There’s been a lot of talk about how social media has changed recruiting and hiring. Sites like LinkedIn make it easier to go out and find the right candidate – especially those who may not be looking for a new position. Meanwhile, services like Twitter, Facebook and Instagram help human resources figure out if the candidate they’re about to make a six-figure offer to is going to embarrass the organization or become a toxic plume in a company talent pool. But social media’s impact on the HR department doesn’t stop there. Indeed, it’s becoming embedded in the thread of the department, helping HR do everything from empowering the business to improving sales to boosting customer loyalty and satisfaction, according to a recent IBM study, New Expectations for a New Era: CHRO insights from the Global C-suite.
As a journalist and blogger, I know the best way to get someone to follow you on Twitter or Facebook is to curate great content. Whether it’s sharing an interesting news article, infographic or white paper, I know people will not only follow me but share my tweets and posts – and comment on my LinkedIn posts – if they contain relevant information. In fact, whenever I sit down to update my own Twitter and Facebook feeds, I first spend time looking around for content.
The U.S. Secret Service this month put out a request for social media analytics software that could help it identify social media influencers and trends. The RFP, which can be downloaded here, included a laundry list of requirements such as the capability to detect historical Twitter data as well as the “ability to detect sarcasm and false positives.” Another item on the wish list: The ability to “create custom reports without involving IT specialists.”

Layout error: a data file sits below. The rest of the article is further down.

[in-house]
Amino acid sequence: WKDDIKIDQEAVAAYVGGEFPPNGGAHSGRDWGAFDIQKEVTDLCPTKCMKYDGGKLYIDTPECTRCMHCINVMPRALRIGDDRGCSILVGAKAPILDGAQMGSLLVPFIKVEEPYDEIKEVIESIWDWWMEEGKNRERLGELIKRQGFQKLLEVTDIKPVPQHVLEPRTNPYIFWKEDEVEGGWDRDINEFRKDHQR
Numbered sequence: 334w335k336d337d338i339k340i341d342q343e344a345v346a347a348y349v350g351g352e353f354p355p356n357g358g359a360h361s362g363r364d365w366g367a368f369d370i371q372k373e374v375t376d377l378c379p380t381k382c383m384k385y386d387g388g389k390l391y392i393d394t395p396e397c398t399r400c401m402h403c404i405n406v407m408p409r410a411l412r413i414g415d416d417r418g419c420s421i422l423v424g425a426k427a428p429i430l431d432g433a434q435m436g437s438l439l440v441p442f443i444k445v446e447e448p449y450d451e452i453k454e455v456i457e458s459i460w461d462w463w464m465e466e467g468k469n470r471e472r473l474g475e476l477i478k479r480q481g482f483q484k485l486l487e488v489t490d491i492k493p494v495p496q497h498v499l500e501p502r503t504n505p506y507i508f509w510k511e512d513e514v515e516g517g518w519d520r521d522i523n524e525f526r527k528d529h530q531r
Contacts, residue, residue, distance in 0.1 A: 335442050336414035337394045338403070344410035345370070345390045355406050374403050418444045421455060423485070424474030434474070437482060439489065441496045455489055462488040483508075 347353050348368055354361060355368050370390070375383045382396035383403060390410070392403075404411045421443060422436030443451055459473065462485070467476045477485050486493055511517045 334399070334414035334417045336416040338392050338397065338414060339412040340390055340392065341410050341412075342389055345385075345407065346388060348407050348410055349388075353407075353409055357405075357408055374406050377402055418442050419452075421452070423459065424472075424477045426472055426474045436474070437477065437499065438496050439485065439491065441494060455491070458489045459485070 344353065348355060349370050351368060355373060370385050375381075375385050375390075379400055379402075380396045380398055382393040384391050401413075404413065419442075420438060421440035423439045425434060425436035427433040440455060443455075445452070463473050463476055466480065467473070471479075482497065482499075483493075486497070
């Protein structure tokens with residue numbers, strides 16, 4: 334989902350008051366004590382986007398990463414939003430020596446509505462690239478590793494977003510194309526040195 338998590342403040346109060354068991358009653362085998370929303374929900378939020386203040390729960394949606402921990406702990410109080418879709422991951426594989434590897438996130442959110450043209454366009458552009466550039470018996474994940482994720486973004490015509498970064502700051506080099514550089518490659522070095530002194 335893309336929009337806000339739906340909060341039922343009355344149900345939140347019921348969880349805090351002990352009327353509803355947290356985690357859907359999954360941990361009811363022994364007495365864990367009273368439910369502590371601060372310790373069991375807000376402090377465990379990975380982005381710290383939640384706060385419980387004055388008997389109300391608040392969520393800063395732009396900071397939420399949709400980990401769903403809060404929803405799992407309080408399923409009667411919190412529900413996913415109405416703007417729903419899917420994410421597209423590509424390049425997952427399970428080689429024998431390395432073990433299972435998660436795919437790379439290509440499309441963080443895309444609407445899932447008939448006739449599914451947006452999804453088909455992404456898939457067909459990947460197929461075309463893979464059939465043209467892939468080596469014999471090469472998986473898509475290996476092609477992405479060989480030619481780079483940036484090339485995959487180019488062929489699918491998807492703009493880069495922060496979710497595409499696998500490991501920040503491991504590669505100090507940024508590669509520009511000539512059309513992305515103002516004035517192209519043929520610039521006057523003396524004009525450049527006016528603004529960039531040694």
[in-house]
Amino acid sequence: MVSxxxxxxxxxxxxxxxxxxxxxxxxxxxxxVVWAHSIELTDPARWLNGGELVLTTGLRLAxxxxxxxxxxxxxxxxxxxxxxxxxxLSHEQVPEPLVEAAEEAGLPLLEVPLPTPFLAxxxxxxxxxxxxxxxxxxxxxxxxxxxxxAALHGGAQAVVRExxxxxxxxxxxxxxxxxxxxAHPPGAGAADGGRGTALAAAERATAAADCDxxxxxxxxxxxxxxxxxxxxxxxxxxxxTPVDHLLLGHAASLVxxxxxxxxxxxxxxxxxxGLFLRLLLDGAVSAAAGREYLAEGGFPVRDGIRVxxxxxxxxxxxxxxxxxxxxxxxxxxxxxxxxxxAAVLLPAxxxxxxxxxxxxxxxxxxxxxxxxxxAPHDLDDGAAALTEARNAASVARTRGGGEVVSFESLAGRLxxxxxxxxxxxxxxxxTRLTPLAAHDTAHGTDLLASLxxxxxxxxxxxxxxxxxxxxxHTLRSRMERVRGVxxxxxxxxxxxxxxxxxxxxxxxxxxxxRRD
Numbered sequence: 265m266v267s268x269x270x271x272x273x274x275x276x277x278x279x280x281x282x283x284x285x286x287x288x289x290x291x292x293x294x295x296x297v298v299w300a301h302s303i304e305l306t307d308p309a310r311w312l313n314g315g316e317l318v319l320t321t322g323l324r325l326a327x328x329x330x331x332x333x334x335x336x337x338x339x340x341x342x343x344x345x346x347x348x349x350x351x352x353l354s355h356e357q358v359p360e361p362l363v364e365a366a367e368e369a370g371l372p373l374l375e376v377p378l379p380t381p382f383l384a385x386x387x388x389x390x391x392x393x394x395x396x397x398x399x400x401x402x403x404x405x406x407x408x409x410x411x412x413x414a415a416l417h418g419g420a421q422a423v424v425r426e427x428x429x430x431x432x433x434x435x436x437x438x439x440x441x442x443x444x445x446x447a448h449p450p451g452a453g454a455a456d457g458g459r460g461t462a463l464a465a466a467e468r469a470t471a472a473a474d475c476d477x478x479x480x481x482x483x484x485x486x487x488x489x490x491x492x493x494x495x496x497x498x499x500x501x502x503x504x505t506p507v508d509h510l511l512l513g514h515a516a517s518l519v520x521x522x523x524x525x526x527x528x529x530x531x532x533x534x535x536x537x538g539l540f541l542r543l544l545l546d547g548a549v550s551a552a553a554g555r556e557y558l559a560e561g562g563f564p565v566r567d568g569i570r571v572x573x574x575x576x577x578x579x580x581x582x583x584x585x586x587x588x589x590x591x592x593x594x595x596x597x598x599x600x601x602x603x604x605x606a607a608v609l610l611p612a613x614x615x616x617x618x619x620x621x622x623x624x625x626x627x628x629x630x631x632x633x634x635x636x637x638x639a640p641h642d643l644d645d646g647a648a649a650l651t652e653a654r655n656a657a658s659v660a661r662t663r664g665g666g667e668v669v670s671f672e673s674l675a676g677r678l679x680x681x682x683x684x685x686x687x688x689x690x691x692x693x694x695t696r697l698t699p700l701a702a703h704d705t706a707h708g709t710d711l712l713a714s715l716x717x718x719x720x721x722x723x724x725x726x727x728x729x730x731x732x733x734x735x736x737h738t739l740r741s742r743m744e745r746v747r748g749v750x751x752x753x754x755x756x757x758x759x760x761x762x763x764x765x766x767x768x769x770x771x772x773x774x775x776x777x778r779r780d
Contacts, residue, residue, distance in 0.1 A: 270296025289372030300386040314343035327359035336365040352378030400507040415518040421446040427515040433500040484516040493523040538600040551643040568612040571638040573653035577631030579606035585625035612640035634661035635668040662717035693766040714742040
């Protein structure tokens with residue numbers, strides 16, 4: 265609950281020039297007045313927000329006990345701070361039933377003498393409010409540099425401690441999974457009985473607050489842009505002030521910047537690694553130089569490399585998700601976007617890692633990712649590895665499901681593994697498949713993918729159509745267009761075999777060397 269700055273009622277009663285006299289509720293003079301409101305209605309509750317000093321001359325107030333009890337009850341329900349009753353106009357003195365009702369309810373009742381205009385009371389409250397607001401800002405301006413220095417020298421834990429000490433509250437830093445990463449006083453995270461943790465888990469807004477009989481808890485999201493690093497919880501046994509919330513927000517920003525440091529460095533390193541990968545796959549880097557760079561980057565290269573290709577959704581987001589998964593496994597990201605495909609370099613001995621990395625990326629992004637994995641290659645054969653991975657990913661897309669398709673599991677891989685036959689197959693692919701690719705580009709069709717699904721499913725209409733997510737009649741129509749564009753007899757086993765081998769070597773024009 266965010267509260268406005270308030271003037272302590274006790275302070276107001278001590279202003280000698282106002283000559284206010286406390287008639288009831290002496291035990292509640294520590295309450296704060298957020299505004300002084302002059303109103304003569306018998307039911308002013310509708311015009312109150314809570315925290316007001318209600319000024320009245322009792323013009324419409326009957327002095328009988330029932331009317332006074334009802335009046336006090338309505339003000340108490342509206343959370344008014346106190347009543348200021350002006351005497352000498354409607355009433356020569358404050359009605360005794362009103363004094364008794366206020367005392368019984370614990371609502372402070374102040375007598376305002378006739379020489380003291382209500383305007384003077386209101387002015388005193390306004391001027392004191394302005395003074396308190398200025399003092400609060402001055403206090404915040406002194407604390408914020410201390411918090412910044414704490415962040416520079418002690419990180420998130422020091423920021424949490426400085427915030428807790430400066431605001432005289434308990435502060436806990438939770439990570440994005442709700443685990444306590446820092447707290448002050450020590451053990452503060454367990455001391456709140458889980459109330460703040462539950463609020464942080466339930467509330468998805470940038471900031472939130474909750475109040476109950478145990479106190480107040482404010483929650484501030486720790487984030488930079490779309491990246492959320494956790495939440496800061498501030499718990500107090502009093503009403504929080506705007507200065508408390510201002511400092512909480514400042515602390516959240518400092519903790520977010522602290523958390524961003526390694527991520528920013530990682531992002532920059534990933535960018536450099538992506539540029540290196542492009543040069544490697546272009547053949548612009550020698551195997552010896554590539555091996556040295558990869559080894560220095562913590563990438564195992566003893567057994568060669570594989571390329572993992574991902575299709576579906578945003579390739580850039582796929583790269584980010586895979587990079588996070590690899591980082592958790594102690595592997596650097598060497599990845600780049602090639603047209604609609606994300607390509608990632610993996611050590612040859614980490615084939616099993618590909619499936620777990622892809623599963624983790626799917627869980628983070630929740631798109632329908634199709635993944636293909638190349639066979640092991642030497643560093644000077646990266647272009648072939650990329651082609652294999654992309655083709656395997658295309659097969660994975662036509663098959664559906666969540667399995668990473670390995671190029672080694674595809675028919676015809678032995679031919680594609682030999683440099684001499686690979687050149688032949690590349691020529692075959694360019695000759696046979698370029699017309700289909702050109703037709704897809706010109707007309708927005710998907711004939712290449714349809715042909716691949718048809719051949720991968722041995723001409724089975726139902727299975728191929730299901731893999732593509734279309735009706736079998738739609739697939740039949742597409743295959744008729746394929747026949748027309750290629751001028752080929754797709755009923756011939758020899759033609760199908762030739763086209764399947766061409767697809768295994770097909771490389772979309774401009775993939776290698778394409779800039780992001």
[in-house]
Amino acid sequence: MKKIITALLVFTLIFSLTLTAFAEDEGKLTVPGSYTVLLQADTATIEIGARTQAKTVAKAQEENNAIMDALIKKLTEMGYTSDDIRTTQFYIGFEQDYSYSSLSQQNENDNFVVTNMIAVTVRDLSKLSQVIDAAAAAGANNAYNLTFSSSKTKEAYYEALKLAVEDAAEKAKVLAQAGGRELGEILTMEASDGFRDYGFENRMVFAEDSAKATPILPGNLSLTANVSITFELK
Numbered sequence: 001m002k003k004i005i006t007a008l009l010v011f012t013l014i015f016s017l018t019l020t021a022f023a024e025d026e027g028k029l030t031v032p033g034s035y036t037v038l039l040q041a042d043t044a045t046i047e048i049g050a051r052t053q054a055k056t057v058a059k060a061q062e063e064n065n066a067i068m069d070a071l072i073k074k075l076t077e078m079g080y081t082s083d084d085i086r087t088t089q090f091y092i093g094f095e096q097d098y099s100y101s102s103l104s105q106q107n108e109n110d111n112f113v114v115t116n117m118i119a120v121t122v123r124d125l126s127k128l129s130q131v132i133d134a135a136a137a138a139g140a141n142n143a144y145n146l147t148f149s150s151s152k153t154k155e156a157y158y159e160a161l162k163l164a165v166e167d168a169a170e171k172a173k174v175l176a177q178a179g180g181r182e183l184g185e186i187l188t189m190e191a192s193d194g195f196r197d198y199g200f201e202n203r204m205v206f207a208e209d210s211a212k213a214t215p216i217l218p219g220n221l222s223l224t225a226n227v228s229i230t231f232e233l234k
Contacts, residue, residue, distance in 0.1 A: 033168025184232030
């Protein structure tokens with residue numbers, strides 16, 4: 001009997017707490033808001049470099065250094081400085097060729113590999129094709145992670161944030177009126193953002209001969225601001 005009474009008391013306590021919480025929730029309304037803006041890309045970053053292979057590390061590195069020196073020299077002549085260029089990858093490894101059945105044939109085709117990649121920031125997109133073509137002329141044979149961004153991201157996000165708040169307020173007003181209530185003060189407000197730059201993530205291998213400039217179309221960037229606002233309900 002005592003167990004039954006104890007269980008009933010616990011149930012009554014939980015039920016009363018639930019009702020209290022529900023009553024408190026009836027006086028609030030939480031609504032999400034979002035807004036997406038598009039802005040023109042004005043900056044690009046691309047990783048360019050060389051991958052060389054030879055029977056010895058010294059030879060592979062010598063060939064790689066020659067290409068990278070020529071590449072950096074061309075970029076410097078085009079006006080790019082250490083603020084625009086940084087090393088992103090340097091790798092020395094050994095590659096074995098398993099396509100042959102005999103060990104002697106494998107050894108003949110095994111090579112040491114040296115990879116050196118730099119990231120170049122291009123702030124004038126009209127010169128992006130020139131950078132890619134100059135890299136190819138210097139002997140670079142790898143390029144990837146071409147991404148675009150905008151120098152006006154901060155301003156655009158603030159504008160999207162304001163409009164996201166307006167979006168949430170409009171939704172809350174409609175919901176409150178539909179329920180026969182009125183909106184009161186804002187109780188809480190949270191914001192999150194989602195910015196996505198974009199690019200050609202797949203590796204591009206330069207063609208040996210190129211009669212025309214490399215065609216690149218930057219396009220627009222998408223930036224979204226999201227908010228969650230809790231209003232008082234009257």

It’s well documented that organizations are looking to the cloud for everything from infrastructure to security to social business software. Many companies are finding such success that they are migrating their infrastructure completely. Worldwide cloud computing will be worth $90.7 billion by 2018, according to Juniper Research, with software-as-a-service offerings topping the $53 billion mark in that same year. SaaS sales were $23.2 billion last year, according to the research firm.
Searchenginewatch.com recently posted a story about the benefits of using polling as part of a social media strategy. The story detailed how polls could be used to glean free product feedback, gain a deeper understanding of customers and build a larger and more engaged community.
A recent news report detailed a revised social media policy implemented by the Kansas state Board of Regents. The policy states that the employer – in this case the local university – can now suspend or fire an employee if their statements made on social media are viewed as “contrary to the best interests of the employer.” The policy was reviewed by the state’s attorney general and was approved.
There’s a statistic that’s been thrown around a lot recently by journalists – even me – who are writing about social business: Four out of five social business efforts will “not achieve the intended benefits due to inadequate leadership and an overemphasis on technology,” according to a recent Gartner study, Predicts 2013: Social and Collaboration Go Deeper and Wider.
This winter I started working with a new client that uses a social business platform. I was asked to log on and use it. Although I had used such a platform before, I wondered if it would hold me back or add additional work to my already full day. I started using the platform and realized something: I loved it.